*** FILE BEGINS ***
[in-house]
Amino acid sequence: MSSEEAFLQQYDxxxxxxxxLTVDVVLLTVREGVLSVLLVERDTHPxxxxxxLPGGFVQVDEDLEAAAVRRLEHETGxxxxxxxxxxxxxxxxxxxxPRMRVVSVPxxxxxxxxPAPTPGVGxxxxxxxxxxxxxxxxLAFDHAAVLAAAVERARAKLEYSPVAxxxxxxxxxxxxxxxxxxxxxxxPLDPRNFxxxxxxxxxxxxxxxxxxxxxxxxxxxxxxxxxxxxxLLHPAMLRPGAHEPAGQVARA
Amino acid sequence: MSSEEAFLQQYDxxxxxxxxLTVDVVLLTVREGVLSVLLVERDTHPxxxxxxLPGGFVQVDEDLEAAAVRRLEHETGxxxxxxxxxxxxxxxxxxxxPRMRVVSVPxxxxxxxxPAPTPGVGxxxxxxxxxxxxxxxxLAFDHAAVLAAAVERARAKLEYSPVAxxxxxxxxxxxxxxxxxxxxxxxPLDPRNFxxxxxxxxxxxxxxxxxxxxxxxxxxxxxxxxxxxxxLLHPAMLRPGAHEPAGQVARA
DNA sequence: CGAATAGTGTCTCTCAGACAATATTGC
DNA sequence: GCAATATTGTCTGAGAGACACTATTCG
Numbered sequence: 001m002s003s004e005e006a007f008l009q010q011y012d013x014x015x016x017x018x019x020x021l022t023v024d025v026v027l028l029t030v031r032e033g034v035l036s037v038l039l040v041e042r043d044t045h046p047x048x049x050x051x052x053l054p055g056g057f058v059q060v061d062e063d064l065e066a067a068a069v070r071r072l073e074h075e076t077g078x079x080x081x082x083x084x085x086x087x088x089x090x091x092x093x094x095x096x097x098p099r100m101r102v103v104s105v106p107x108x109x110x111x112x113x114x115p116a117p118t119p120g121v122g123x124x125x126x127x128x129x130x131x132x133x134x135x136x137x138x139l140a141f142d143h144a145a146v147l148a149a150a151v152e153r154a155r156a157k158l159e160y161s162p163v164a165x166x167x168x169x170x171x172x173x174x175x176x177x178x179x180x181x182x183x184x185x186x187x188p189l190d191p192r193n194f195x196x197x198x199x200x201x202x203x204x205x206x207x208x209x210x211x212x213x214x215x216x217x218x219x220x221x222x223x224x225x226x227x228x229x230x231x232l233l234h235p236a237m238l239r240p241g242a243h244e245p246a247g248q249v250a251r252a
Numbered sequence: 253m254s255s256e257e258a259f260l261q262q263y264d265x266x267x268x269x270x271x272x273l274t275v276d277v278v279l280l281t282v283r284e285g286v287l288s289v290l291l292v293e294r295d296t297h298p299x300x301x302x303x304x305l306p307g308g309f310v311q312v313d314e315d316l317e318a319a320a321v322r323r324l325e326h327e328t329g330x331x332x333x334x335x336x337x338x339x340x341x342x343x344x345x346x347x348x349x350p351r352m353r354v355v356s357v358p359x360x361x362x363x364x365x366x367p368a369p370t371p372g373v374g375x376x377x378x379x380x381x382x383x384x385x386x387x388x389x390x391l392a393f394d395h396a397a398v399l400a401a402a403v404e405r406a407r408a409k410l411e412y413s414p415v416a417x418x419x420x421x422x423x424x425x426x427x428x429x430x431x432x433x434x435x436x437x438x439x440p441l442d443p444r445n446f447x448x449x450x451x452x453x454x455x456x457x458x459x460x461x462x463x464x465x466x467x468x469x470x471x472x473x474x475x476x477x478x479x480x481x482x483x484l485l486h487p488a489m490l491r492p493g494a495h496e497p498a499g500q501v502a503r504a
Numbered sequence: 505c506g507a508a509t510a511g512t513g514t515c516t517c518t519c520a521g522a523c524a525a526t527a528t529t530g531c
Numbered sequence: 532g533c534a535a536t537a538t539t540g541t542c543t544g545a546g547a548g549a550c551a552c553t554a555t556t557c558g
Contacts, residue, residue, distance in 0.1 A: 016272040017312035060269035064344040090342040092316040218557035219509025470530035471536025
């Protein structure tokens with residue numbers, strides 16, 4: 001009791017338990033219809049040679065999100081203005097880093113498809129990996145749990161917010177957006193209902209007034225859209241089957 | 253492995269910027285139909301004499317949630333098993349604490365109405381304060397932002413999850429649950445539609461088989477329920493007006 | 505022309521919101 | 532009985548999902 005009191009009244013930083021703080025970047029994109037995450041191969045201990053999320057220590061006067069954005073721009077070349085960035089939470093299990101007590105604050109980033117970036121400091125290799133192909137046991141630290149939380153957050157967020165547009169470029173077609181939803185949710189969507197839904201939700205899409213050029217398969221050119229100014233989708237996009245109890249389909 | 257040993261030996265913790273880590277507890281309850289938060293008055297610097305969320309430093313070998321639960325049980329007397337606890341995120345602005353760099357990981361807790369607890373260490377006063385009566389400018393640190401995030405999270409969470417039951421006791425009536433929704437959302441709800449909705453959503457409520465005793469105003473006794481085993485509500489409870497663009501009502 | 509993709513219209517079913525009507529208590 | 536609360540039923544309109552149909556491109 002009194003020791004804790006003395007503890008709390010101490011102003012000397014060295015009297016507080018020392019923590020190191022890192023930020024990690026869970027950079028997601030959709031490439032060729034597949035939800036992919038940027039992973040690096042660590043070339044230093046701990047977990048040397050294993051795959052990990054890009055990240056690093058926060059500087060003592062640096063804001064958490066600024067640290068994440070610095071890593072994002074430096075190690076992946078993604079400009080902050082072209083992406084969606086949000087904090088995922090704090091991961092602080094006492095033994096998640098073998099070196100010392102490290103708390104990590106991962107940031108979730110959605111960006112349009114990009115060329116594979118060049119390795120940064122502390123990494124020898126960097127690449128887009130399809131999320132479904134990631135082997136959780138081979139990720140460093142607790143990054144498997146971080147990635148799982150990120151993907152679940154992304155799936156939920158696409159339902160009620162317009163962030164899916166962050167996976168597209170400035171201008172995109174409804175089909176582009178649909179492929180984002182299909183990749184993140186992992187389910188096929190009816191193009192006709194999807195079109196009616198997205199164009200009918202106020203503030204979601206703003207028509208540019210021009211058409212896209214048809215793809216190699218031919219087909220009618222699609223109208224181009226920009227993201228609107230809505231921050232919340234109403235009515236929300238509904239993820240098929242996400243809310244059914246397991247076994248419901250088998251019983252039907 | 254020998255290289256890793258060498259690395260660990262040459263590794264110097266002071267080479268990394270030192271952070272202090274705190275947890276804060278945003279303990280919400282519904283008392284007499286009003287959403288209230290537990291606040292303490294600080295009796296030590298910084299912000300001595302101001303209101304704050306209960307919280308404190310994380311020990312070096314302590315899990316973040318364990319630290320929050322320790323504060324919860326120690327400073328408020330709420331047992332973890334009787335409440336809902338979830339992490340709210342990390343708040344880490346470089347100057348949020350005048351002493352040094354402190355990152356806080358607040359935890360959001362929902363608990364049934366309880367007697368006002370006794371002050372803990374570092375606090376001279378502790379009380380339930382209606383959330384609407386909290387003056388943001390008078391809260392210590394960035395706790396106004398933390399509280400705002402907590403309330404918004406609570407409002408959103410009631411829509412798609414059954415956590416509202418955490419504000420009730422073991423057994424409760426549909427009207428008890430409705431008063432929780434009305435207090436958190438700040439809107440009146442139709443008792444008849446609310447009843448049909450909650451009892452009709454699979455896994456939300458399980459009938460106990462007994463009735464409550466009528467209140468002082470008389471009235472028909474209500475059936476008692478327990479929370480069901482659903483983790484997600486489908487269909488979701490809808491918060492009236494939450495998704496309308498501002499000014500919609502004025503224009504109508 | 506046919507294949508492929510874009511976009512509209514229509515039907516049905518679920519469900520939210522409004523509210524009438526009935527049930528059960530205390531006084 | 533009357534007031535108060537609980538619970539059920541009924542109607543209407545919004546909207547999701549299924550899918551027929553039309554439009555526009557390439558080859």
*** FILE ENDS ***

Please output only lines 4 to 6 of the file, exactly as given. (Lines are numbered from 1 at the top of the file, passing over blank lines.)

DNA sequence: CGAATAGTGTCTCTCAGACAATATTGC
DNA sequence: GCAATATTGTCTGAGAGACACTATTCG
Numbered sequence: 001m002s003s004e005e006a007f008l009q010q011y012d013x014x015x016x017x018x019x020x021l022t023v024d025v026v027l028l029t030v031r032e033g034v035l036s037v038l039l040v041e042r043d044t045h046p047x048x049x050x051x052x053l054p055g056g057f058v059q060v061d062e063d064l065e066a067a068a069v070r071r072l073e074h075e076t077g078x079x080x081x082x083x084x085x086x087x088x089x090x091x092x093x094x095x096x097x098p099r100m101r102v103v104s105v106p107x108x109x110x111x112x113x114x115p116a117p118t119p120g121v122g123x124x125x126x127x128x129x130x131x132x133x134x135x136x137x138x139l140a141f142d143h144a145a146v147l148a149a150a151v152e153r154a155r156a157k158l159e160y161s162p163v164a165x166x167x168x169x170x171x172x173x174x175x176x177x178x179x180x181x182x183x184x185x186x187x188p189l190d191p192r193n194f195x196x197x198x199x200x201x202x203x204x205x206x207x208x209x210x211x212x213x214x215x216x217x218x219x220x221x222x223x224x225x226x227x228x229x230x231x232l233l234h235p236a237m238l239r240p241g242a243h244e245p246a247g248q249v250a251r252a